Wanted

Liquid or Gas

Bromine's Crimes:

Bromine is used for making pesticides, flame retardents, water purinfication, pool maintnence tools, and medicine.

Aliases:

Bromines chemical symbol is Br. Its name originates from the Greek word "bromos," which means something that smells bad. Bromine ions are called bromides. Bromine in French is brome, and in German is Brom.

Description:

Bromine in its natural form is a liquid and is a reddish-brown color. Bromine is a nonmetal. Its atomic number is 35, and its atomic mass is 79.904 atomic mass units.
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Bohr Diagram

The Bohr Diagram shows how many protons and nuetrons Bromine has.

First arresting officer:

The man who discovered Bromine is named Carl Lowig. Antoine Jerome Balard however is known for it, because Lowig was in college at the time and his studies got in the way, so Balard finished off the discovery.

Report of fist arrest:

Balard discovered Bromine on July 3,1826 as an element in seawater. One year earlier, Lowig made a sample of Bromine over the summer, and presented it to his professor, and that is when studies got in the way.

Last seen:

Bromine is found in seawater. It is in the VIIA 17 and the halogen family. It is 35 on the periodic table.

Known assosiates:

Two other elements Bromine forms a compound with are Potassium, Ozone, other halogens, and Chlorine. Potassium and Bromine form a solid known as a medicinal salt, but alone they are liquids. Chlorine is also a liquid, and with Bromine it makes a toxic by inhalation and ingestion.

2K(s)+Br2(g)=KBr(s)

Warning Label:

Bromine in its pure form is dangerous.
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Caption:

Bromine is being used as a pool maintnence tool.

Citations:

http://www.webelements.com/bromine/history.html


http://www.findfast.org/science-element-bromine.htm


http://education.jlab.org/itselemental/ele035.html


http://www.chem4kids.com/files/elements/035_speak.html


http://www.bt.cdc.gov/agent/bromine/basics/facts.asp


https://www.google.com/search?q=Bohr+diagram+of+Bromine&biw=1440&bih=817&tbm=isch&imgil=1xCwhZIDSGK89M%253A%253BSK4fEROCMtl35M%253Bhttp%25253A%25252F%25252Fwww.chemicalelements.com%25252Felements%25252Fbr.html&source=iu&pf=m&fir=1xCwhZIDSGK89M%253A%252CSK4fEROCMtl35M%252C_&usg=__-lE7suzg9TyY_iCTgB7hhtA_Ksg%3D&ved=0CCoQyjdqFQoTCIPb79DlmsgCFUgcPgodQ9gPsg&ei=UsEJVoPqGci4-AHDsL-QCw#imgrc=1xCwhZIDSGK89M%3A&usg=__-lE7suzg9TyY_iCTgB7hhtA_Ksg%3D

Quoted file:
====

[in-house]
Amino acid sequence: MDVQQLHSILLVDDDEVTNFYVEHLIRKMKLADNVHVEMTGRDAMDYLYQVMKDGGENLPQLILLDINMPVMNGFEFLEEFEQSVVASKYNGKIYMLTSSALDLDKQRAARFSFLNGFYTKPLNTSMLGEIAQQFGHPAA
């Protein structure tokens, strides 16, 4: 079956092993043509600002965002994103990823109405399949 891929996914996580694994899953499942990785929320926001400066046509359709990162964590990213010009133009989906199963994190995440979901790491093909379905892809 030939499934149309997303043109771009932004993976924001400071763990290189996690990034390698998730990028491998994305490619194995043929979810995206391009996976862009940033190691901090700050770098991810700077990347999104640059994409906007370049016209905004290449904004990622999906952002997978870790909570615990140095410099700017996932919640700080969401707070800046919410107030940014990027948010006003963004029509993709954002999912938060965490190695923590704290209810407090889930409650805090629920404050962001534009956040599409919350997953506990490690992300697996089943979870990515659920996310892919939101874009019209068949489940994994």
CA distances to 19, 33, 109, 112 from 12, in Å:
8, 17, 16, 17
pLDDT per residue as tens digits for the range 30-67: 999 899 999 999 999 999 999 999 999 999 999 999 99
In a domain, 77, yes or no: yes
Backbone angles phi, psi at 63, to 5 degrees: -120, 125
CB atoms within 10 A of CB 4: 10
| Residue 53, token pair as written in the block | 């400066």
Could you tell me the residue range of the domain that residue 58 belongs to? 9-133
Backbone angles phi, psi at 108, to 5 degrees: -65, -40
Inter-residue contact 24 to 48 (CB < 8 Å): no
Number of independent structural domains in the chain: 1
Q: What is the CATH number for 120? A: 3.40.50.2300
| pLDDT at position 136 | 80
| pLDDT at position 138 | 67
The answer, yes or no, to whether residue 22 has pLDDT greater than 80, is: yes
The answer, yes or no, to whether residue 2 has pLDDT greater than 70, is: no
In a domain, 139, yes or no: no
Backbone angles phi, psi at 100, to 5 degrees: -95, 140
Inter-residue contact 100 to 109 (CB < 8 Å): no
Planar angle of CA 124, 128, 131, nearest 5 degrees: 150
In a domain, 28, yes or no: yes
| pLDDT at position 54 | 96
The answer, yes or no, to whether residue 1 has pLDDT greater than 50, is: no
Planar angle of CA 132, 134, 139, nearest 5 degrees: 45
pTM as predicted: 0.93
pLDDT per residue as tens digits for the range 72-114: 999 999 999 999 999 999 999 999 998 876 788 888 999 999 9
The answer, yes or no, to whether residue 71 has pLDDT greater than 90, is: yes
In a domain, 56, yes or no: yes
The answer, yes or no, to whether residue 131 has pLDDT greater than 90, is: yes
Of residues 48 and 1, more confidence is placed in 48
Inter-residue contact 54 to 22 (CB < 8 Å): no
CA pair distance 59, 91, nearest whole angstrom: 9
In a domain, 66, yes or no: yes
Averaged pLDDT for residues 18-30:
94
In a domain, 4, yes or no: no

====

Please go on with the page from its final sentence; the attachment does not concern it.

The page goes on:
http://www.rsc.org/learn-chemistry/resource/rdc00000703/on-this-day-jul-03-discovery-of-bromine?cmpid=CDC00000703


https://www.webelements.com/potassium/chemistry.html


http://www.britannica.com/science/bromine


https://images.search.yahoo.com/search/images;_ylt=AwrB8psP7QlWXmAA4_WJzbkF;_ylu=X3oDMTBsZ29xY3ZzBHNlYwNzZWFyY2gEc2xrA2J1dHRvbg--;_ylc=X1MDOTYwNjI4NTcEX3IDMgRiY2sDZWVxaHBhNWIwOTZmcSUyNmIlM0QzJTI2cyUzRDltBGZyA3NmcARncHJpZANaMVp4emRWbFJydUFDUGlfWW0xZGVBBG10ZXN0aWQDbnVsbARuX3N1Z2cDMQRvcmlnaW4DaW1hZ2VzLnNlYXJjaC55YWhvby5jb20EcG9zAzAEcHFzdHIDBHBxc3RybAMEcXN0cmwDMTQEcXVlcnkDYnJvbWluZSBpbiB1c2UEdF9zdG1wAzE0NDM0OTExMTQEdnRlc3RpZANCMDkxNg--?gprid=Z1ZxzdVlRruACPi_Ym1deA&pvid=NI1XSjY5LjHnajlRVgSZ.gpBMjYwMgAAAAD1e6do&p=bromine+in+use&fr=sfp&fr2=sb-top-images.search.yahoo.com&ei=UTF-8&n=60&x=wrt#id=46&iurl=http%3A%2F%2Fwww.doheny.com%2Fblog%2Fwp-content%2Fuploads%2F2012%2F08%2FChlorineBromineTabs1.jpg&action=click


http://www.britannica.com/biography/Antoine-Jerome-Balard


Roza, Greg. Bromine. New York: Rosen Central, 2009. Print.


Roza, Greg. The Halogen Elements: Fluorine, Chlorine, Bromine, Iodine, Astatine. New York: Rosen Central, 2010. Print.